To pay stuff loans didn’t cover, Tshaya worked in a leather toy shop. When I first went there to walk her home one night after she had to close the store, I had surprised myself at being excited by the crops and flails. She touched my face with kid leather gloves, soft, no grain to the leather like human skin and I wanted her to touch me other places with those gloves. We both lived off campus which was good because that meant no one could push their noses into our private lives. Me, because my father was happy to supply an apartment, she because she and some friends had interests that couldn’t be served in a dorm.
Her roomies, who kept out of our business, were professional dominatrixes. It wasn’t sex for money. They didn’t ever sleep with the guys, or so Tshaya told me. She wasn’t into the work but she was into the dungeon scene. She brought my darkness out to play. We were still learning what limits we have. Tshaya likes mostly to tie and play, a little light whipping, nothing that would really hurt. I don’t really want to be actually hurt much but being tied down, blindfolded, it was exciting beyond words. I wasn’t into the whole dog pen thing one of her roomies had but a real cage, something I could prowl around in, the idea thrilled me. They were thinking about adding it to the dungeon.
I had gotten them one dungeon toy. Dad still thinks I was asking him for the deep discount on a coffin because a friend of mine had to bury her sister and didn’t have any money. He cut Tshaya’s roomie a great deal on a coffin he thinks was shipped to Boston. Instead it’s in the dungeon. It’s became our favorite place to have sex. I know it’s wrong and creepy but like I said, there’s nothing common or normal about us. Our passions come from a dark spring, uncommon and glorious in their shadows.
Tshaya knelt in front of me under the branches of the oak. “The seals are in place. The Duk rak is ready. Nothing can hurt us here. Are you ready?”
I nodded. “Are you sure you want to do this?”
“I can almost feel the web of magic around you, like you’ve been cursed. I can help you,” she said, kissing me softly. “Did you make your parik-til?”
I nodded and pulled a green leather bag on a rope out from under my shirt. I opened the parik-til and showed her the bundle of oak leaves, twigs and acorns tied with yellow thread. Inside the myrrh-perfumed bag was sunflower seeds, cinnamon sticks, a lucky stone and bit of broken gold from one of her chains. It was supposed to be help bring me luck and protection.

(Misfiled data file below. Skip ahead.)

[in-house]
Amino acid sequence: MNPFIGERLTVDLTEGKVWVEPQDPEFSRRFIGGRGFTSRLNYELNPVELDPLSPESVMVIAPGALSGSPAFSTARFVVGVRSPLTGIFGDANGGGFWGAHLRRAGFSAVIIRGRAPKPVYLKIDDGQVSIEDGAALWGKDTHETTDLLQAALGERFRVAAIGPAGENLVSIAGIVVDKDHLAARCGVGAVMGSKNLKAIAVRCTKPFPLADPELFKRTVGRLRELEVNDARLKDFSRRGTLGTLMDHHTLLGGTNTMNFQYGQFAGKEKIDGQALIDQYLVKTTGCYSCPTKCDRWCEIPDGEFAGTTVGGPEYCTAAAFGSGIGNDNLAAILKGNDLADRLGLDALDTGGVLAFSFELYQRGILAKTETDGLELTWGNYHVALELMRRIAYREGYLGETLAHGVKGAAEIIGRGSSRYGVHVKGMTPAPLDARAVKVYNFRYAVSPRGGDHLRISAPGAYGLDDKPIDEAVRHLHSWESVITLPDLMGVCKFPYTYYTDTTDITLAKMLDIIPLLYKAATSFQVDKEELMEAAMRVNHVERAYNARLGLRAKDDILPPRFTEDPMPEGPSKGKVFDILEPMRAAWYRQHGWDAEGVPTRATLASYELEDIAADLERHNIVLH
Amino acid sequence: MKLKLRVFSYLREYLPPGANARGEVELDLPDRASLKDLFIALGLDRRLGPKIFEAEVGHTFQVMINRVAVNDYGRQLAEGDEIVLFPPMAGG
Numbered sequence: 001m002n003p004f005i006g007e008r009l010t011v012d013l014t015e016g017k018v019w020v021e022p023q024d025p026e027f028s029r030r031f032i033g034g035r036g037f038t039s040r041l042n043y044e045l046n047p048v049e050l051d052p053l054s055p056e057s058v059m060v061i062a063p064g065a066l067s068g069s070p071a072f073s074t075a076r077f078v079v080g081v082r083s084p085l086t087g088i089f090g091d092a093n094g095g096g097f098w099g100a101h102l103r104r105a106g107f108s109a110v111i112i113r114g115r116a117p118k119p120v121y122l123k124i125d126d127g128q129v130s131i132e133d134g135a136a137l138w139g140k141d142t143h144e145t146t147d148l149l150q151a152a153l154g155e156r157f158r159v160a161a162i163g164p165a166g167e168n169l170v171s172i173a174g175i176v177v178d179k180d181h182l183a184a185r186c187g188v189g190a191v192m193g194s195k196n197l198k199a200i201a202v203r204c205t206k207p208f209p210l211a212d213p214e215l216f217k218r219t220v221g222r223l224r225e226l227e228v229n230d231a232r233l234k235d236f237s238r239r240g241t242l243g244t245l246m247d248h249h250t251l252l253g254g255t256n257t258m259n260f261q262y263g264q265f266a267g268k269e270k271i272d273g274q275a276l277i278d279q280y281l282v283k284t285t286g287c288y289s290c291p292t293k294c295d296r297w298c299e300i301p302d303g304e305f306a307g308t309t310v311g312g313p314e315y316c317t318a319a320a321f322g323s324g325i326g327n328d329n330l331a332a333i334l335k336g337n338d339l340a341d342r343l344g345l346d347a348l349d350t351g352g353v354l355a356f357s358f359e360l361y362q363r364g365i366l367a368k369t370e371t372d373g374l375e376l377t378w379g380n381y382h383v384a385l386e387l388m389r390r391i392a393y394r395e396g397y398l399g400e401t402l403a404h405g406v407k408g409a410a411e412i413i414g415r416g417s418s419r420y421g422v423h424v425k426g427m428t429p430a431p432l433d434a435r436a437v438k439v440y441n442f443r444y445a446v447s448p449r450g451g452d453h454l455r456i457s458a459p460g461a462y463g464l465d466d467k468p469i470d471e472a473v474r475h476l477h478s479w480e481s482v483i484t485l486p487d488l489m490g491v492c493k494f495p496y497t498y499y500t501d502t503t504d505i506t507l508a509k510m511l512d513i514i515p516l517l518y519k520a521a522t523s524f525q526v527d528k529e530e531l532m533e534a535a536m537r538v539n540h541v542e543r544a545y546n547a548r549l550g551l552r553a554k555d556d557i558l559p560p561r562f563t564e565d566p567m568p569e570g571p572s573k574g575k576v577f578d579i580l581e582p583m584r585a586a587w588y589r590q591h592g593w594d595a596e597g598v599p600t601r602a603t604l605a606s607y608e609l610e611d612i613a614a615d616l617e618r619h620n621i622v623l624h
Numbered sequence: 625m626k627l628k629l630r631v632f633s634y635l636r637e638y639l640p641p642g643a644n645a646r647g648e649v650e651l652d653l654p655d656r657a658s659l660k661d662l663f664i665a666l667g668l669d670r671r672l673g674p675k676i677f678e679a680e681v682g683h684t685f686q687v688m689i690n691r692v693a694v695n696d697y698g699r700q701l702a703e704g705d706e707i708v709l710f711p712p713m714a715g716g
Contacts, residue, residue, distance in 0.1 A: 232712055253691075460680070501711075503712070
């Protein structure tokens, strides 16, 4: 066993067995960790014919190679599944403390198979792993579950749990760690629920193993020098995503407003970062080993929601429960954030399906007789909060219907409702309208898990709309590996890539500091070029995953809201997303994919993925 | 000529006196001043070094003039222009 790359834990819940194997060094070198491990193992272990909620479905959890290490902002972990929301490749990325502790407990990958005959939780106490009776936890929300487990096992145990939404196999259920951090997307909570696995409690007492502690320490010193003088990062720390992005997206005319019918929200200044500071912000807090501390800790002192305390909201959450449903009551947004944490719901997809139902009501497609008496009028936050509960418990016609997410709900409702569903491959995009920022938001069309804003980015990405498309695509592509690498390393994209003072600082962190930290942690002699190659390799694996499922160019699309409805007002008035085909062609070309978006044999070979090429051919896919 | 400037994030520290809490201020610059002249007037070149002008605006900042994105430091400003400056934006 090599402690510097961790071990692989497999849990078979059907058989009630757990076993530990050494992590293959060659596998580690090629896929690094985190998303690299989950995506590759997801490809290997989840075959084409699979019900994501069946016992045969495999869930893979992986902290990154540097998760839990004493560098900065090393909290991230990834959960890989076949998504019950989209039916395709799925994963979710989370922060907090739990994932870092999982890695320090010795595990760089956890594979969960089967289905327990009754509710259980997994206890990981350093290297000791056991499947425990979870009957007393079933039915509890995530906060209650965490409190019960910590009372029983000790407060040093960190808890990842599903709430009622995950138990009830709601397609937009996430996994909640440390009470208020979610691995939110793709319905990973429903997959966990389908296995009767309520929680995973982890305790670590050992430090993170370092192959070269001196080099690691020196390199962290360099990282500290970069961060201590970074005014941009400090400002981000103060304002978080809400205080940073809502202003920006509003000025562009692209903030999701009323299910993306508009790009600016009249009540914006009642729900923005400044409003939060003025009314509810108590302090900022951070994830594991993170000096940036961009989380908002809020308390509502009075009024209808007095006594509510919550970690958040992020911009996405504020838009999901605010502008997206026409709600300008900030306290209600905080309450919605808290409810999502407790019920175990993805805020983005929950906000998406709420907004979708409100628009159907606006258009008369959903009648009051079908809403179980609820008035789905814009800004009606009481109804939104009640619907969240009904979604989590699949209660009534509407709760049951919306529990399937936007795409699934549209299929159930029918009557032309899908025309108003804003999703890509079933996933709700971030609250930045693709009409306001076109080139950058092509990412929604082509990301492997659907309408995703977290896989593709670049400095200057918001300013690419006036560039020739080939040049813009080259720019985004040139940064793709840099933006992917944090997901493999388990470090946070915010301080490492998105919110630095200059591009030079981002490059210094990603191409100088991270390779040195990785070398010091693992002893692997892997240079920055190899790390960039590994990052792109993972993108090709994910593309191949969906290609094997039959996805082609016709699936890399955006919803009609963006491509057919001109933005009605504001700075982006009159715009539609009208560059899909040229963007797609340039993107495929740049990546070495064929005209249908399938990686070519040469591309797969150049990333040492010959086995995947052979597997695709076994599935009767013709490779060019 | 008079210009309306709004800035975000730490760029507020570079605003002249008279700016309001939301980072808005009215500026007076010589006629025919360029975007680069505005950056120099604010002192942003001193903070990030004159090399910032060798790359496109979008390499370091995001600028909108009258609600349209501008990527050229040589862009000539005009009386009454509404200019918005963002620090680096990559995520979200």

“Then we’ll begin and you’ll be free of this curse. Maybe then you can sleep.” Tshaya’s big eyes were sad. She knew about my nightmares. I was willing to try anything to rid myself of the dreams, even if they gave rise to some of my best art.
“I hope so.”
She had me take off my shirt then sprinkled my hair with water infused with oak leaves from this very tree. She had been making the potion for weeks. She painted the seal of Solomon over my heart and an eye in the middle of my forehead with henna. She opened a vial of oil. “This is uncrossing oil. It will put your life back the way it should be.”
It smelled like sun tan oil, coconut with an undertone of cinnamon and something I couldn’t place. Lumps of lapis lazuli sat at the bottom. She dabbed some over my heart telling me to think on my strength, to wish for the spell to be broken and oddly enough it didn’t even seem strange to me that I might be cursed. She made it seem utterly plausible. It was the only thing that fit. It would explain like I felt apart from the world, wracked with nightmares. Being cursed was better than being insane, which was what I had come up with to explain my life.
She stroked my neck with the oil then whispered words that I didn’t really understand except for ‘Devlesa’ She was asking God for something as her finger pressed the uncrossing oil to my third eye. It was like driving a stake through my skull. My world spun and split open. I may have vomited on her but I couldn’t tell. I was being flayed alive, reality shredding. I heard my voice chanting only vaguely aware the words were Kalderash. When had I learned so many words? “Amaro dat kaj san ando rraj.” Our Father who art in Heaven...
Memories flooded my mind, too fast to process. My dreams sprang to life. They were the really real world. This son of a rich man college student skin I wore was the lie. As my eyes opened to Tshaya’s worried face, I knew why I have always been alone inside my heart. My memories were mine again. There would be a reckoning and from the love and concern pouring down on me from my lover’s touch as her fingers stroked my hair, I knew I would not walk the path back to my “family” alone.
First printed in
Scribner's Monthly Magazine
by Edgar Allan Poe
From childhood's hour I have not been
As others were; I have not seen
As others saw; I could not bring
My passions from a common spring.
From the same source I have not taken
My sorrow; I could not awaken
My heart to joy at the same tone;
And all I loved, I loved alone.
Then- in my childhood, in the dawn
Of a most stormy life- was drawn
From every depth of good and ill
The mystery which binds me still:
From the torrent, or the fountain,
From the red cliff of the mountain,
From the sun that round me rolled
In its autumn tint of gold,
From the lightning in the sky
As it passed me flying by,
From the thunder and the storm,
And the cloud that took the form
(When the rest of Heaven was blue)
Of a demon in my view.